According to state media, the Sultan of Oman, Qaboos bin Said Al Said, has died at the age of 79 after almost five decades on the throne.
The Sultan, the longest-serving ruler in the Middle East, died Friday evening. A three day period of national mourning has been declared for both the public and private sectors.
He had recently travelled to Belgium for medical treatment but returned to Oman where rumours mounted that he returned home to die in his home country. Reports circulated that he had cancer.
Just a week ago, Oman’s Royal Court announced that the Sultan was in “stable” condition.
He was born on 18 November 1940 in Salalah as the only child of Sultan Said bin Taimur and Sheikh Mazoon al-Mashani.
He was educated in India and at the Royal Military Academy at Sandhurst.
The Sultan came to the throne on 23 July 1970 after a successful and peaceful coup against his father.
Throughout his reign, he was seen as an intermediary between the West and Iran, helping to facilitate the secret talks that led to the 2013 nuclear deal.
He abolished slavery in his first year as monarch, and the country developed economically under his reign using the nation’s oil wealth to improve Oman into a country with high living standards and a vibrant tourism industry. However, he was an absolute monarch and dissenting voices were silenced and freedom of the press was not practised.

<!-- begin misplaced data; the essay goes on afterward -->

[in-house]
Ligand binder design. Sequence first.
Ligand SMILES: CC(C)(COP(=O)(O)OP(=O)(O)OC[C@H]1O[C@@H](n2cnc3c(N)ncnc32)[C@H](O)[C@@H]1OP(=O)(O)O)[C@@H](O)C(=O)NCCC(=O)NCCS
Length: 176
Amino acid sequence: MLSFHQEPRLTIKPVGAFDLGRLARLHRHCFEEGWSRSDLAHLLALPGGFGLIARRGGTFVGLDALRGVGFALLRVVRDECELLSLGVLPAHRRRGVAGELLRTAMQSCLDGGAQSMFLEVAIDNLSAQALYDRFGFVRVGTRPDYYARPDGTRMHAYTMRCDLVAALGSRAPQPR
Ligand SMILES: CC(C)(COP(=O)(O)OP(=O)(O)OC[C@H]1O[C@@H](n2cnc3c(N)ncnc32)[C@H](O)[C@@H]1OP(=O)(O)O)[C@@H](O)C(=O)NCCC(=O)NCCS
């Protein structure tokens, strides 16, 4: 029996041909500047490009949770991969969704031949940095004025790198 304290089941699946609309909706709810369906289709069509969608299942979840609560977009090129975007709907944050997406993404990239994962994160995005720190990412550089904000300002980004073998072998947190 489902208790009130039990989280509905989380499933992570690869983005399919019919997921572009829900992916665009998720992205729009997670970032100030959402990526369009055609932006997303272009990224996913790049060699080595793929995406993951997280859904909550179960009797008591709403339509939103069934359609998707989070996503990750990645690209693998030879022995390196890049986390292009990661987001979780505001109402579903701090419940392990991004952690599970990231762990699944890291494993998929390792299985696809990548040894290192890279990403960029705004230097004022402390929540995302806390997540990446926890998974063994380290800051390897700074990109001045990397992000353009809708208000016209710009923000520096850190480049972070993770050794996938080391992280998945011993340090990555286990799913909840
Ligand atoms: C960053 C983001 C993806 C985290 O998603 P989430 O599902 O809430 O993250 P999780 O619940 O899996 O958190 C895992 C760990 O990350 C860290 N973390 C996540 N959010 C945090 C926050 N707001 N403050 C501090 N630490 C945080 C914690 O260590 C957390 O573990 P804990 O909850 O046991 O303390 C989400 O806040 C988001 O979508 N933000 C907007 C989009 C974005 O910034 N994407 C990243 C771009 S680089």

His Majesty had no children and had not publicly appointed a successor.
The roughly 50 male member Royal Family Council now has three days to choose a successor to the throne. If one is not chosen, the name written in a sealed envelope by the late Sultan will be selected. This person His Majesty secretly chose would be put into power by a council of military and security officials, heads of two assemblies and supreme court chiefs.